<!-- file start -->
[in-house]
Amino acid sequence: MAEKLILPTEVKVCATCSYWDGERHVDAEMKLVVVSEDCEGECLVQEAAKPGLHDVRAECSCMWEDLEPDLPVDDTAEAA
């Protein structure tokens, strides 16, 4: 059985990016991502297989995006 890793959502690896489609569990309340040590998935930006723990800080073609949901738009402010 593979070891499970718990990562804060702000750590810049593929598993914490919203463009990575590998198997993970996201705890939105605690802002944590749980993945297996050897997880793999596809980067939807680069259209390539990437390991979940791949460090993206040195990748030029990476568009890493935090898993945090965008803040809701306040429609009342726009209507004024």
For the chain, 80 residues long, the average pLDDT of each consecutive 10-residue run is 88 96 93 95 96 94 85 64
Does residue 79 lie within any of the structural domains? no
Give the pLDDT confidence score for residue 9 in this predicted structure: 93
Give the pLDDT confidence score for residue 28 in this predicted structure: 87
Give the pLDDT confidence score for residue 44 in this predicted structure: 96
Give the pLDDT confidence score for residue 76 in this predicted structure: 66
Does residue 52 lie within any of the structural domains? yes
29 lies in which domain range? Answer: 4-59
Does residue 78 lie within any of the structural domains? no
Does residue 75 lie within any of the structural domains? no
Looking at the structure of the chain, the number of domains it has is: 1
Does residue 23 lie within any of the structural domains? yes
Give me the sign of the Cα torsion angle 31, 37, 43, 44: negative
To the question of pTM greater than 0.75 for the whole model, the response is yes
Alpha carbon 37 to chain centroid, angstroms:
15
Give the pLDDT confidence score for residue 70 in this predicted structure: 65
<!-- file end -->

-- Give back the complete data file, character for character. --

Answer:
[in-house]
Amino acid sequence: MAEKLILPTEVKVCATCSYWDGERHVDAEMKLVVVSEDCEGECLVQEAAKPGLHDVRAECSCMWEDLEPDLPVDDTAEAA
């Protein structure tokens, strides 16, 4: 059985990016991502297989995006 890793959502690896489609569990309340040590998935930006723990800080073609949901738009402010 593979070891499970718990990562804060702000750590810049593929598993914490919203463009990575590998198997993970996201705890939105605690802002944590749980993945297996050897997880793999596809980067939807680069259209390539990437390991979940791949460090993206040195990748030029990476568009890493935090898993945090965008803040809701306040429609009342726009209507004024």
For the chain, 80 residues long, the average pLDDT of each consecutive 10-residue run is 88 96 93 95 96 94 85 64
Does residue 79 lie within any of the structural domains? no
Give the pLDDT confidence score for residue 9 in this predicted structure: 93
Give the pLDDT confidence score for residue 28 in this predicted structure: 87
Give the pLDDT confidence score for residue 44 in this predicted structure: 96
Give the pLDDT confidence score for residue 76 in this predicted structure: 66
Does residue 52 lie within any of the structural domains? yes
29 lies in which domain range? Answer: 4-59
Does residue 78 lie within any of the structural domains? no
Does residue 75 lie within any of the structural domains? no
Looking at the structure of the chain, the number of domains it has is: 1
Does residue 23 lie within any of the structural domains? yes
Give me the sign of the Cα torsion angle 31, 37, 43, 44: negative
To the question of pTM greater than 0.75 for the whole model, the response is yes
Alpha carbon 37 to chain centroid, angstroms:
15
Give the pLDDT confidence score for residue 70 in this predicted structure: 65